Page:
|HS450 Health Care Quality Improvement Programs Essay
HS450: Strategic Planning and Organizational Development for Health Care
The Department of Veterans Affairs (VA) has had a tumultuous time throughout its history with the processing of claims and treatment of veterans. In 2009 President Barrack Obama put an emphasis on fixing the issue. Current Army Chief of Staff General Eric Shinseki was selected by President Obama as the Secretary of the VA.
General Shinseki’s primary role was to implement 16 initiatives that would help alleviate the issues within the VA. However under his leadership the VA had different results than what was expected. In 2013 many major news stations reported that veterans were experiencing delayed care at the Williams Jennings Bryan Dorn Veterans Medical Center in Columbia, SC. As a result of the delayed care six veterans died.
After an investigation many issues for found including; low staff census, leadership turnover, lack of understanding of roles, responsibilities and system processes, and ineffective program coordination. In 2014, the Office of the Inspector General (OIG) launched an investigation into these allegations addressing two primary questions.
Did the facility’s electronic wait list (EWL) purposely omit the names of veterans waiting for care and, if so, at whose direction? And 2. Were the deaths of any of these veterans related to delays in care? The conclusion of the investigation resulted in the OIG determining that there was evidence of improper scheduling in the VA and the healthcare system. As a result of the investigation General Shinseki resigned from office on May 30, 2014.
Ethical Decision Making Process
The ethical decision making process helps healthcare professionals in making a sound judgment in regard to making a proper ethical decision. Step one is to ask “What is the ethical question?” In regard to issue at the VA the primary ethical issue was the patients that were not listed on the Electronic Wait List (EWL) but were still awaiting care.
These individuals would be waiting forever since their names were never on the actual list. Step two is for you to ask yourself “What is your gut reaction?” As an active duty U.S. Army Enlisted Soldiers my gut reaction is pure disgust. There is no explanation for anyone not only veterans but no one period to be waiting for care that they would never receive.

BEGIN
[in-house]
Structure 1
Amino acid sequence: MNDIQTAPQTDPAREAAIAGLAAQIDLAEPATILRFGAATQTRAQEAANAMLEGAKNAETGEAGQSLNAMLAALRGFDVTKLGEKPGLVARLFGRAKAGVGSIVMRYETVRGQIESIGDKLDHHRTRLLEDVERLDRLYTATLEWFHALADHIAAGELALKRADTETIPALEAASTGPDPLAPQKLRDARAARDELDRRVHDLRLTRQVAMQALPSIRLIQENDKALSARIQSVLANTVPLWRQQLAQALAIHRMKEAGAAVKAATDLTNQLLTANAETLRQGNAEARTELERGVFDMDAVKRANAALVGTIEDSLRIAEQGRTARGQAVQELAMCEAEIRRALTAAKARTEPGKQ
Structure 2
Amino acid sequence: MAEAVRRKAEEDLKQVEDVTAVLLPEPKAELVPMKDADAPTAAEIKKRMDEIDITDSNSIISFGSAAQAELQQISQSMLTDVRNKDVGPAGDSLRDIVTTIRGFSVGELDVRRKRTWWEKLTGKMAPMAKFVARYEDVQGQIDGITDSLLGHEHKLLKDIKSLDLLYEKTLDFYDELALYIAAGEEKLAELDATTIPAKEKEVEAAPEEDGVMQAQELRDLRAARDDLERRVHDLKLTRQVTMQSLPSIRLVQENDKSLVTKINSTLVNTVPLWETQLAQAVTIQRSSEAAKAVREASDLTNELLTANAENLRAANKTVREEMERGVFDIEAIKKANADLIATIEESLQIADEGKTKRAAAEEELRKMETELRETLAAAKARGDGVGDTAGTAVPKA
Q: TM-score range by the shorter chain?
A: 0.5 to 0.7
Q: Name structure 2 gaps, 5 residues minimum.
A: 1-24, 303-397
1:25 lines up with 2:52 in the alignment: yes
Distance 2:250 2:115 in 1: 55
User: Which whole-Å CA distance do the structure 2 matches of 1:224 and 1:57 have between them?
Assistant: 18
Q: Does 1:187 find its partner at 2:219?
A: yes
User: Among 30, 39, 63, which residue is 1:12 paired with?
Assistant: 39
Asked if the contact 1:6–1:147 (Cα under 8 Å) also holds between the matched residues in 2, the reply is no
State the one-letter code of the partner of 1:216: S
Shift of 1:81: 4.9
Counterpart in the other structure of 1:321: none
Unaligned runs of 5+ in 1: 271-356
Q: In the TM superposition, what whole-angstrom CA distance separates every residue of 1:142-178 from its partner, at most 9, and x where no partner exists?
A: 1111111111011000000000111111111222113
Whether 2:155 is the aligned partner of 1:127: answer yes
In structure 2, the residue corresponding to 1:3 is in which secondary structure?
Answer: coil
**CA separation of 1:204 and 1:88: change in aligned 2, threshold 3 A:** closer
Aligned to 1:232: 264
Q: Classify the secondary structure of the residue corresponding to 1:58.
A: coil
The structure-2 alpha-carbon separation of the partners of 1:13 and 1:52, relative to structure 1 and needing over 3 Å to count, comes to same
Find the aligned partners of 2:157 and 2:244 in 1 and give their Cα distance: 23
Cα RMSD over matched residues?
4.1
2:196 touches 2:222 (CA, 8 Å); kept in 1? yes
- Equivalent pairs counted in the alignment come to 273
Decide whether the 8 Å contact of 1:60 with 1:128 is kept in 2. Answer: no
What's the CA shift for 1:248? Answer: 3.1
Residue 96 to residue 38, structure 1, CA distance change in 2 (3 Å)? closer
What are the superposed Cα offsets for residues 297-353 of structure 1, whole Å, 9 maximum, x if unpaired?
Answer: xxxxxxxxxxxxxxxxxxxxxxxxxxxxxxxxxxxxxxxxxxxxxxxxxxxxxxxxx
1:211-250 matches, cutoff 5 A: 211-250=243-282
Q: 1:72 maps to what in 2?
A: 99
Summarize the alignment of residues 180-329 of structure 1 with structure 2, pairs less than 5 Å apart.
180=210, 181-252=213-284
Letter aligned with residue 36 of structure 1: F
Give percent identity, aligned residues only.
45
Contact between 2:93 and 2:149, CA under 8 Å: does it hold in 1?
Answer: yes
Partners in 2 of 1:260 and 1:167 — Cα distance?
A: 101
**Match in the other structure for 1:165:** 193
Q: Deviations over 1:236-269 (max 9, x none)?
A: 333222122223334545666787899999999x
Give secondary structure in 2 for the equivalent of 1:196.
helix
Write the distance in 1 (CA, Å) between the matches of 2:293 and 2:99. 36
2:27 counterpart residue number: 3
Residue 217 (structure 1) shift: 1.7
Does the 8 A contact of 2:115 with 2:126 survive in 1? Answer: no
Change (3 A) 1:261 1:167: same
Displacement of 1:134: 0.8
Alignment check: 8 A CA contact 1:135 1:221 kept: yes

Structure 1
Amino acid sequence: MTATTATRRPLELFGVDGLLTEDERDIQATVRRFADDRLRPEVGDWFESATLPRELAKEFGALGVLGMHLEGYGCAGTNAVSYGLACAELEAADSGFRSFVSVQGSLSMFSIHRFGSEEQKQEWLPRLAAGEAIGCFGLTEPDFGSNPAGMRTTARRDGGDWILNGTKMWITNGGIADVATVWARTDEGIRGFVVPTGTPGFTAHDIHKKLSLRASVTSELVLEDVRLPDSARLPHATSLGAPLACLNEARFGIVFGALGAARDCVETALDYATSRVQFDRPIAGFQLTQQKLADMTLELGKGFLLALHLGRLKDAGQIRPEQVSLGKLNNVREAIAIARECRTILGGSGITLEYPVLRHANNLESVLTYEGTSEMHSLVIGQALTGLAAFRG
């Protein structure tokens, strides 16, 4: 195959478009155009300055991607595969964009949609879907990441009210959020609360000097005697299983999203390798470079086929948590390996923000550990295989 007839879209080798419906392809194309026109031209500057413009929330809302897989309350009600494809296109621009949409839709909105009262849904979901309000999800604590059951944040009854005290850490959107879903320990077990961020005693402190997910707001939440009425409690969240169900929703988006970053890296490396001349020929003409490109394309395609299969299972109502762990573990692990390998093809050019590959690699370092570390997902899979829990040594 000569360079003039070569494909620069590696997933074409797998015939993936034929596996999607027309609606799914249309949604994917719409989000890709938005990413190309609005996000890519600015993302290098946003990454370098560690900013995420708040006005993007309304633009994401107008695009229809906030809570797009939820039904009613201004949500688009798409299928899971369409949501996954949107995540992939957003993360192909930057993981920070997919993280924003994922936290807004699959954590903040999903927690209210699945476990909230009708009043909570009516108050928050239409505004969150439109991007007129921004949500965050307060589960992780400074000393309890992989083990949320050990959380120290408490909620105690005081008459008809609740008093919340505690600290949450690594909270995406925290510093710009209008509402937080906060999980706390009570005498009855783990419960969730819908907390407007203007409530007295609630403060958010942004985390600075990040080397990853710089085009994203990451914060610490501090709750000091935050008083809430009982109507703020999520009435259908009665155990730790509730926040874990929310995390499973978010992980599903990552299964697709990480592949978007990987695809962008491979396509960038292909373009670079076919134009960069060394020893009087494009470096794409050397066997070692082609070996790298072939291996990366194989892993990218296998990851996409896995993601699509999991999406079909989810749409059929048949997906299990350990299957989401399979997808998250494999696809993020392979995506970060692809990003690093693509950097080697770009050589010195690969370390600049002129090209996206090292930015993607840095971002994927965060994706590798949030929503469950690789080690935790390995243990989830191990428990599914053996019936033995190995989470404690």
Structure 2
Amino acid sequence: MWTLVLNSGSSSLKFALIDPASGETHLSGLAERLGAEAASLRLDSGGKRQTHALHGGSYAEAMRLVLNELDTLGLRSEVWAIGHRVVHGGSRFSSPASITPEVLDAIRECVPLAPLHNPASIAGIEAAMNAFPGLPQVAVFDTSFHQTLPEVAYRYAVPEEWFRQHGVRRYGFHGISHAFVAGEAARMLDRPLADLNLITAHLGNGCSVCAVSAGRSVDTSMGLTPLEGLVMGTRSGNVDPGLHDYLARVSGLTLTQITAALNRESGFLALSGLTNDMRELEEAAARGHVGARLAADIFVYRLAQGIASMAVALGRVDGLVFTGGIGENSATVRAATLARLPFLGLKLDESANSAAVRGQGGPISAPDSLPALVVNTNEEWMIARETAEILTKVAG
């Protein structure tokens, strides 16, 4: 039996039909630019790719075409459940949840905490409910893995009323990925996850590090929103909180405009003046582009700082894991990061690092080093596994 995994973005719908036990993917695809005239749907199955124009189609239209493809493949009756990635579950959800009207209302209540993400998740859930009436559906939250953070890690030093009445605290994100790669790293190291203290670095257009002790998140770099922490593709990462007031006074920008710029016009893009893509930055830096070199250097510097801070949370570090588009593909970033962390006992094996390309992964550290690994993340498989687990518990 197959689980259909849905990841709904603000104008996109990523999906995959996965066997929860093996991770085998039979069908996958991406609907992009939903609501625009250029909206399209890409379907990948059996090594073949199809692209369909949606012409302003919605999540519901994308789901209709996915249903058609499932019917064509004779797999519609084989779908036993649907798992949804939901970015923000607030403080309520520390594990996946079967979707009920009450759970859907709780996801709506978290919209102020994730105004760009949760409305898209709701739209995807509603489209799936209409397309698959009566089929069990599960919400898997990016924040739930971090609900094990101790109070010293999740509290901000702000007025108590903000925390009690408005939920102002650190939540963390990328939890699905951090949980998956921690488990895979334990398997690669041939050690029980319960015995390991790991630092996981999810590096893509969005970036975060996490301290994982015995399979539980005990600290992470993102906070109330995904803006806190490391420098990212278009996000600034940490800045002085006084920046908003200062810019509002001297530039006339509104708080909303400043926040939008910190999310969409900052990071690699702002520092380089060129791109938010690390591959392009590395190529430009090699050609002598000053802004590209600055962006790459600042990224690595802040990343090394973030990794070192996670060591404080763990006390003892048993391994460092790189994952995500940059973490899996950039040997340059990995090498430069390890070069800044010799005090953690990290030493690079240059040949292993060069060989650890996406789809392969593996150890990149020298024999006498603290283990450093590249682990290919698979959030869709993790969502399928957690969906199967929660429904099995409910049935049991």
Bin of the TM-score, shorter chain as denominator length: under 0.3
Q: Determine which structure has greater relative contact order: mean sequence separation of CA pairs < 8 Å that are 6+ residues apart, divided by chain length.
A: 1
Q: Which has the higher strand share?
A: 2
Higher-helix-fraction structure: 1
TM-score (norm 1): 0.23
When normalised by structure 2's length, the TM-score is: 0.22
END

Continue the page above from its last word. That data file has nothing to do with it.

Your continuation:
Step three is a research step and a point where the facts are identified. The facts of the underlining issues should have been identified at this point. The issues should have been laid out and a plan to identify these issues should begin at this moment. The fourth step is to ask “What are the values at stake in the scenario?”
This step should’ve been one of the easiest in the VA case. Everyone has different values but we all know what is right and what is wrong. In the VA case it seems that everything was done wrong and to benefit themselves and not the patients. Step five is to ask “What are the options in this case?”
The options were clear and that was to find a solution that can provide veterans care in a timely manner. In the sixth step you ask “What should I do?” This is where an ethical decision should have been made by all personnel who had a negative impact in the VA case. Many of the people made the wrong choice for personal or professional gain.
Step seven is to ask “What justifies this choice?” Evidence to support our choice is the proper way to support it. Without the correct evidence an unethical decision is likely going to be made. Finally step eight you ask “How could the ethical problem have been prevented?” This is easier to ask after the fact since we know the outcome.
All healthcare professionals should not have to decipher if something is right or wrong each and every one of these individuals should be aware of what to do and when to do it.
Upon researching about the issues in the VA more specifically during the time that General Shinseki was the Secretary of the VA many policies and procedure changes could have helped to alleviate the issues. One of the policies I would have implemented would have been to have one provider for a specific number of patients.